In English, many things are named after a particular country – but have you ever wondered what those things are called in those countries?
- They've been flooded with supplies: pies and cakes, bottles of vodka, huge cauldrons of soup.
- The famous Llyn Fawr hoard, found during reservoir construction in the Mid South Wales Valleys in 1911 and 1913, contained two complete bronze cauldrons.
- A man with a metal detector unearthed a cauldron thought to date back to 50BC.
- Standing before her bubbling cauldron, the Crone raised her ancient hands and summoned yet another lower-level demon.
- A unique aspect of this tomb was that it contained the largest group of fragmentary handmade tripod cauldrons in the Early Iron Age cemetery at Torone.
- A later warrior grave contained a bronze cauldron and a set of iron weapons.
- They would mix strange and foul liquids producing gold using caldrons with fake bottoms, or chunks of minerals or charcoal containing small amounts of gold.
- Curzon sat in his room, absently stirring a cauldron with a long metal spoon.
- Inside was a fire with a huge iron cauldron on it.
- Outside burned a fire over which hung an iron cauldron, ready simmering.
- Mother boiled cauldrons of red sugar water daily and filled a motley collection of feeders which were suspended at various locations around the yard.
- One of the more remarkable pieces in the collection is a large urali or metal cauldron of over one metre in diameter.
- The ingredients were placed in a large cauldron and cooked over a slow fire for a whole afternoon until it turned into a pot of delicious soup.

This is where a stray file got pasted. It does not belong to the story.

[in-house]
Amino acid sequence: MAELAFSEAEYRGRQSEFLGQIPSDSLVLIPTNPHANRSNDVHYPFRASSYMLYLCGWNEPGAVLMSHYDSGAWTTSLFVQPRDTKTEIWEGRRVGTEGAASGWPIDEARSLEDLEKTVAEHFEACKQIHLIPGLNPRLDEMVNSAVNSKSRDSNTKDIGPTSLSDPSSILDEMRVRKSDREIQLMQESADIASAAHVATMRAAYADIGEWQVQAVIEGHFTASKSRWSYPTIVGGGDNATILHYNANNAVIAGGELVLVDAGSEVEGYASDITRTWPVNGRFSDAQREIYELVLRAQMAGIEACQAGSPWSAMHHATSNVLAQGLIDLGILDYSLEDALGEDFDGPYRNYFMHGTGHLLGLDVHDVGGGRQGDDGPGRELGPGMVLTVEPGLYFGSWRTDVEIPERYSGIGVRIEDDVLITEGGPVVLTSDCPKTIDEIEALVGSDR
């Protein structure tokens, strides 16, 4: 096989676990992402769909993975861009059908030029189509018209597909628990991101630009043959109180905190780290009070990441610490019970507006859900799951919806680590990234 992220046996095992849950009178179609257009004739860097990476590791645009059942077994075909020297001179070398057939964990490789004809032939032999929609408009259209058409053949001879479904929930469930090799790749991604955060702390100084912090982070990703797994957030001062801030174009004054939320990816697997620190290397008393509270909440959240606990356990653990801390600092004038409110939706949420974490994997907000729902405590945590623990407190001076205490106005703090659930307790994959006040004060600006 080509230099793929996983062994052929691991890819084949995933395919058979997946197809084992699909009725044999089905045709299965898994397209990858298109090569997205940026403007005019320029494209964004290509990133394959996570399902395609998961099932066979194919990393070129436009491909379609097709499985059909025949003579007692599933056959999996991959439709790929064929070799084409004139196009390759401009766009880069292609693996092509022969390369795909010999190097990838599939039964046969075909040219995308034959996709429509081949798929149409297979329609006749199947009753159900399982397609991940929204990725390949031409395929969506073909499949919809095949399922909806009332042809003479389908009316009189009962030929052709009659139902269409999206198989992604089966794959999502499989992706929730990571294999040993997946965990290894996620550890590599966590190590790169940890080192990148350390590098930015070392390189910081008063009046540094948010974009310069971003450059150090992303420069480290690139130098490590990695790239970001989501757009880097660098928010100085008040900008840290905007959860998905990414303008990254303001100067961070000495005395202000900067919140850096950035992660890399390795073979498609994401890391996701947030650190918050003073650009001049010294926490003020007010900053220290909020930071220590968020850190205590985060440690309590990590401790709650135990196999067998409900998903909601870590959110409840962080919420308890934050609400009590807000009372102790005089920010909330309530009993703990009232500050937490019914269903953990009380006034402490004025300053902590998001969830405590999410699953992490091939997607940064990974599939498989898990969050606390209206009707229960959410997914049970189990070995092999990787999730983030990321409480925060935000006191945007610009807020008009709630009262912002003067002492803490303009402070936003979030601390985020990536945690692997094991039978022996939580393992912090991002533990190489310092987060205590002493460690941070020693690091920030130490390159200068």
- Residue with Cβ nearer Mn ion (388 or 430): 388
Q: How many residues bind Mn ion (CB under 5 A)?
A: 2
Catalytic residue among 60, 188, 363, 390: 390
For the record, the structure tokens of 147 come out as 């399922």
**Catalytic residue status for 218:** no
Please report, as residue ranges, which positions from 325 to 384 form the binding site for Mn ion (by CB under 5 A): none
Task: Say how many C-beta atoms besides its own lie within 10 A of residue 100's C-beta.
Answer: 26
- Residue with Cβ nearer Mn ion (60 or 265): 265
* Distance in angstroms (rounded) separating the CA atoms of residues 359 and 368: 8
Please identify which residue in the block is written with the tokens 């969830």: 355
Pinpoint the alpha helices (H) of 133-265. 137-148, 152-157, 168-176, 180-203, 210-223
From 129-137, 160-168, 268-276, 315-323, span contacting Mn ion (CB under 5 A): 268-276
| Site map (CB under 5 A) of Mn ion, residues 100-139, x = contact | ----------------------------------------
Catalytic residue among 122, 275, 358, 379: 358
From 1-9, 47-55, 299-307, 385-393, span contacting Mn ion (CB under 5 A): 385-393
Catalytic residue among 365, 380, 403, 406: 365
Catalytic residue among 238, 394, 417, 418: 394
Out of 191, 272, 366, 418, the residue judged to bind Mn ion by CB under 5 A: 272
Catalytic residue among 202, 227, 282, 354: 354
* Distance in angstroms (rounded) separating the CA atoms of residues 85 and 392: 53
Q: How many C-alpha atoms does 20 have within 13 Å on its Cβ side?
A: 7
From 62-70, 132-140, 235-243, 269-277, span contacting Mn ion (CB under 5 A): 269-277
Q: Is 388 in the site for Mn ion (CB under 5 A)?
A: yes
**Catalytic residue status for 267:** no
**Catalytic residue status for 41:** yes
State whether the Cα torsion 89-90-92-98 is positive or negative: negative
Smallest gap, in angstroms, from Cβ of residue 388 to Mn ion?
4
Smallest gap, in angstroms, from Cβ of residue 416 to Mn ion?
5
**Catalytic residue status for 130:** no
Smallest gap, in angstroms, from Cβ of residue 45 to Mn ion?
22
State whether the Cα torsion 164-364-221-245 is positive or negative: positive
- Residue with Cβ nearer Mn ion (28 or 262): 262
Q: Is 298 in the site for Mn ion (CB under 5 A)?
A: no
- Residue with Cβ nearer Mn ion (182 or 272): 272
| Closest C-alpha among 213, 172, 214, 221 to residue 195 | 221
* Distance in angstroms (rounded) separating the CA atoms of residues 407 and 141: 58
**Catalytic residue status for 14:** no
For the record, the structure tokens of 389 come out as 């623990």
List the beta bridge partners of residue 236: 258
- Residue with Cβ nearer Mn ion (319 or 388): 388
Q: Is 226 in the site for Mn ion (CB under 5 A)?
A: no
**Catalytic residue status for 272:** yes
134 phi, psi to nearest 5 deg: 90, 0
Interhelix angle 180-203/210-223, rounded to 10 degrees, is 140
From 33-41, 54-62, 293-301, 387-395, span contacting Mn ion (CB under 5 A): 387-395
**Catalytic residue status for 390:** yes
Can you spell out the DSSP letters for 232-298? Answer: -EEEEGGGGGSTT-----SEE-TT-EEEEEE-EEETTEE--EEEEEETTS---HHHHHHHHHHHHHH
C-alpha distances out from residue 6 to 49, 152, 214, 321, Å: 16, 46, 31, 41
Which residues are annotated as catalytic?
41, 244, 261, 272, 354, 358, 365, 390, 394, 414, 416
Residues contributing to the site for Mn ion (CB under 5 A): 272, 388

- I set and lit our fire, and filled our small cauldron with water.
- A simmering stew sat in a large cauldron over an open fire; the smell alone made Jack's mouth water.
- A large cauldron or cooking pot set or suspended above an open fire was in general use.
- On and around them are all sorts of spits, racks, trivets, pans, kettles, cauldrons and hot plates, all fashioned out of black cast iron.
- In the days ahead we'll take turns stirring steaming cauldrons over the camp fire.
- A French table is likely to have on it a cauldron of vegetable soup, complete with carrots and chard and tiny pasta shapes such as macaroni.
English has borrowed many of the following foreign expressions of parting, so you’ve probably encountered some of these ways to say goodbye in other languages.
Many words formed by the addition of the suffix –ster are now obsolete - which ones are due a resurgence?
As their breed names often attest, dogs are a truly international bunch. Let’s take a look at 12 different dog breed names and their backstories.